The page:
Table 2

Primers for real-time quantitative PCR assay

Gene

Primer sequence (5′–3′)

Accession no.

Mucin-2

F: TTCATGATGCCTGCTCTTGTG

XM_421035

R: CCTGAGCCTTGGTACATTCTTGT

ZO-1

F: CTTCAGGTGTTTCTCTTCCTCCTC

XM_413773

R: CTGTGGTTTCATGGCTGGATC

Claudin-1

F: CATACTCCTGGGTCTGGTTGGT

AY750897.1

R: GACAGCCATCCGCATCTTCT

Occludin

F: ACGGCAGCACCTACCTCAA

D21837.1

R: GGGCGAAGAAGCAGATGAG

NF-κb

F: GTGTGAAGAAACGGGAACTG

NM205129

R: GGCACGGTTGTCATAGATGG

PPARγ

F: GACCTTAATTGTCGCATCCAT

AF163811

R: CGGGAAGGACTTTATGTATGA

TLR4

F: AGTCTGAAATTGCTGAGCTCAAAT

NM_001030693

R: GCGACGTTAAGCCATGGAAG

TNF-α

F: GAGCGTTGACTTGGCTGTC

NM_204267

R: AAGCAACAACCAGCTATGCAC

IL-1β

F: ACTGGGCATCAAGGGCTA

NM_204524

R: GGTAGAAGATGAAGCGGGTC

IL-6

F: TTTATG GAGAAGACCGTGAGG

NM_204628

R: TGTGGCAGATTGGTAACAGAG

IL-10

F: GCTGTCACCGCTTCTTCACCT

EF554720.1

R: GGCTCACTTCCTCCTCCTCATC

F, forward; R, reverse

Statistical Analysis

Data were analyzed by one-way ANOVA using SPSS 17.0 software (version 17.0, SPSS Inc., Chicago, IL, USA). Statistical differences among treatments were examined by Duncan’s multiple range test. Results are presented as the mean ± SE. Differences were considered statistically significant at P < 0.05, and 0.05 < P < 0.1 was regarded as a trend towards significance.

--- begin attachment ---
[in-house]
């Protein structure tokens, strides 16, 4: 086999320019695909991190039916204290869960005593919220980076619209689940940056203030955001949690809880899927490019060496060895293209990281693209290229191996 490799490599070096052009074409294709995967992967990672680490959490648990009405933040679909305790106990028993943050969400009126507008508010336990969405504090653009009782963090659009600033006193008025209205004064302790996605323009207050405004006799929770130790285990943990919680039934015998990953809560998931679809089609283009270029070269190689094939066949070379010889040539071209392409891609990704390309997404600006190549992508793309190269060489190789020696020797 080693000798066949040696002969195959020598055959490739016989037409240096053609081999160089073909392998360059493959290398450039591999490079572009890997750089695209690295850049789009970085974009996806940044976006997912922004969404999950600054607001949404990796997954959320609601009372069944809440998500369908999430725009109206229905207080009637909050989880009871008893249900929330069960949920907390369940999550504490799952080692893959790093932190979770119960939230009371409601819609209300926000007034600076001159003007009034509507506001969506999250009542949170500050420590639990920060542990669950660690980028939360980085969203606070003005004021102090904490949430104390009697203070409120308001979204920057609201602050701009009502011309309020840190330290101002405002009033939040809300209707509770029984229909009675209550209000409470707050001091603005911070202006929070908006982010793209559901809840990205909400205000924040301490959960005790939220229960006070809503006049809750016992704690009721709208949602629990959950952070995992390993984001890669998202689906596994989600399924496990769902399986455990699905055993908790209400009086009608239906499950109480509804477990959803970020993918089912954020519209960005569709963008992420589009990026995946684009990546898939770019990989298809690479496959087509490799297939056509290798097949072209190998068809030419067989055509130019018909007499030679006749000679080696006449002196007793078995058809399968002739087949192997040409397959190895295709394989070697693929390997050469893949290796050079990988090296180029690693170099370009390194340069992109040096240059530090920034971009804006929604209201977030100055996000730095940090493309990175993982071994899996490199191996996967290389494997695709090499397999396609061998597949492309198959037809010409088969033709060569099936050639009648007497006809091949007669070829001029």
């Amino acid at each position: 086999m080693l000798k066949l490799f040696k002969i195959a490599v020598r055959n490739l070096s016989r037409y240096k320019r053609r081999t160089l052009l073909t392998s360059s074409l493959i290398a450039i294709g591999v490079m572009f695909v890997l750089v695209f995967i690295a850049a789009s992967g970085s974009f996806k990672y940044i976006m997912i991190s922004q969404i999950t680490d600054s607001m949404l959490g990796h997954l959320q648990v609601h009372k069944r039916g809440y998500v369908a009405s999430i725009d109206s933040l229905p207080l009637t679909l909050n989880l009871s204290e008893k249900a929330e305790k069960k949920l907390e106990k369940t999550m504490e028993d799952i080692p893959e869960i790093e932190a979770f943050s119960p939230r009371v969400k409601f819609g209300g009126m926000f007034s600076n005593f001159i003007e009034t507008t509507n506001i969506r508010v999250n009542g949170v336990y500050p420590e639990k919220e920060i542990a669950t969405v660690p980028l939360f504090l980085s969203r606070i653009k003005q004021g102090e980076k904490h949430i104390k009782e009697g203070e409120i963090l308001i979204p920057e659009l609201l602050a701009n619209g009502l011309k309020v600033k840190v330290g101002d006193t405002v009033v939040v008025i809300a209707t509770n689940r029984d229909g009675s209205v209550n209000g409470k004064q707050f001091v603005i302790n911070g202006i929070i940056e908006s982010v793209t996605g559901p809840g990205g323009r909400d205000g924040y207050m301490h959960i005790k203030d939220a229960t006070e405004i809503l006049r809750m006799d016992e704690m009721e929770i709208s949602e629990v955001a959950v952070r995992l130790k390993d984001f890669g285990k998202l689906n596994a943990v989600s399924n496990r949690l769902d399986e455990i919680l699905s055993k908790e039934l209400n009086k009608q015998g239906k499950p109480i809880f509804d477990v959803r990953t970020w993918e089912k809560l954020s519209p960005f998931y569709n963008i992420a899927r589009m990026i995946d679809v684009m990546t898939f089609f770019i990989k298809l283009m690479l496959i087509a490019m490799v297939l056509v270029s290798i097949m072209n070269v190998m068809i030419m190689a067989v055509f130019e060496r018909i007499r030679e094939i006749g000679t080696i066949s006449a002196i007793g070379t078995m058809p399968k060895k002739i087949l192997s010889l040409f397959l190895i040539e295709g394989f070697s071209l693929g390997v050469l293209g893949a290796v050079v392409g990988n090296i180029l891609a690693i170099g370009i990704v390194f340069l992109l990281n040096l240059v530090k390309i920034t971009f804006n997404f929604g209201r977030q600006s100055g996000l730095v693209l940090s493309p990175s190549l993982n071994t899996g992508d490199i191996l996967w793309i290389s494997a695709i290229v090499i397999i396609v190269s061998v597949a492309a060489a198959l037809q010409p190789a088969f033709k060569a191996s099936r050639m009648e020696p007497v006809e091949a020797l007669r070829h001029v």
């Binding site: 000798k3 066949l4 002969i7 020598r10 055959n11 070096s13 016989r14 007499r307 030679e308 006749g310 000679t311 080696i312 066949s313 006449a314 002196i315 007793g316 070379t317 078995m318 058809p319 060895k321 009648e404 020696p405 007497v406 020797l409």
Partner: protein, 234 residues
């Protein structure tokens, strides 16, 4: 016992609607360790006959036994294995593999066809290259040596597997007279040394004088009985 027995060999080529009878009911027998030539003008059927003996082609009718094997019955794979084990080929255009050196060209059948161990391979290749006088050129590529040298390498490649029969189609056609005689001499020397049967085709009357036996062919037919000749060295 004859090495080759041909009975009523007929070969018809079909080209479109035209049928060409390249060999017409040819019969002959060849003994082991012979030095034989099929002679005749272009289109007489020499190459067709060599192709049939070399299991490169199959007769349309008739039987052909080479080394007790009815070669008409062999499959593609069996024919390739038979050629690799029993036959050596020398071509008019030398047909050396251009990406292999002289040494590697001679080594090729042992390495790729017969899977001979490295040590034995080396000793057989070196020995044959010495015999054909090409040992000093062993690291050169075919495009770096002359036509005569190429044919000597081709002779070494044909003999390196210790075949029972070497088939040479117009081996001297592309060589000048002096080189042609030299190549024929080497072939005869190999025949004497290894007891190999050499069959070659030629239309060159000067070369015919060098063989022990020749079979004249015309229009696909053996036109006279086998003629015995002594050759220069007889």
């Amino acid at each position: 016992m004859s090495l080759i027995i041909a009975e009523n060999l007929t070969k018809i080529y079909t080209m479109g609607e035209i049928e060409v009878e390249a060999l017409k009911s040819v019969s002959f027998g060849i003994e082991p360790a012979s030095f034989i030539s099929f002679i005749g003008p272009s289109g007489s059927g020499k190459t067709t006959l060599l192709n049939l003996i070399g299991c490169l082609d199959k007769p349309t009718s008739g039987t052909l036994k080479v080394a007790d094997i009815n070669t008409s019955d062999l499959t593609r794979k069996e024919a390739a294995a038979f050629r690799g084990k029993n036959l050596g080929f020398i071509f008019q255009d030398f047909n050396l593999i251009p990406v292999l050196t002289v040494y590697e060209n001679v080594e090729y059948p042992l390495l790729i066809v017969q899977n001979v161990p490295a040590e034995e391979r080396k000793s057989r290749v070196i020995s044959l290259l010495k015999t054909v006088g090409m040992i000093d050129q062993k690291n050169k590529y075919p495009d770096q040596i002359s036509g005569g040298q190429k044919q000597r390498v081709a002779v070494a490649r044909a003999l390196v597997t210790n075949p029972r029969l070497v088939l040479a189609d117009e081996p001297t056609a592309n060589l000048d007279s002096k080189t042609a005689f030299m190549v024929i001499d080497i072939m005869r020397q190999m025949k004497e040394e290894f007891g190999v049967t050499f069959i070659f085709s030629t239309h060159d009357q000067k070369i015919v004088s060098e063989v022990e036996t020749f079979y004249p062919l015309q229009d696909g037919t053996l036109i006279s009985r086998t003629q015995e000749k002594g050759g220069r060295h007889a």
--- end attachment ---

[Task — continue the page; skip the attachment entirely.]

Results

Growth Performance

The growth performance parameters are shown in Fig. 1. Compared with the control group, E. faecium supplementation significantly increased the BW of chickens on d10 (P < 0.05) right before the E. coli challenge, and on d15 (3 days after the E. coli challenge). The EF birds had a greater ADG than the other birds during d1–10 (P < 0.05). The death rate was dramatically lower in the EF group compared with that in the EP group. However, the E. coli challenge markedly decreased the BW on d15 (P < 0.05) and the ADG during d10–15 (P < 0.05). The death rate of the EP group was the highest among all three groups. No significant differences were observed in BW on d1 and 20, and in the ADG from d10 to d20.
Fig. 1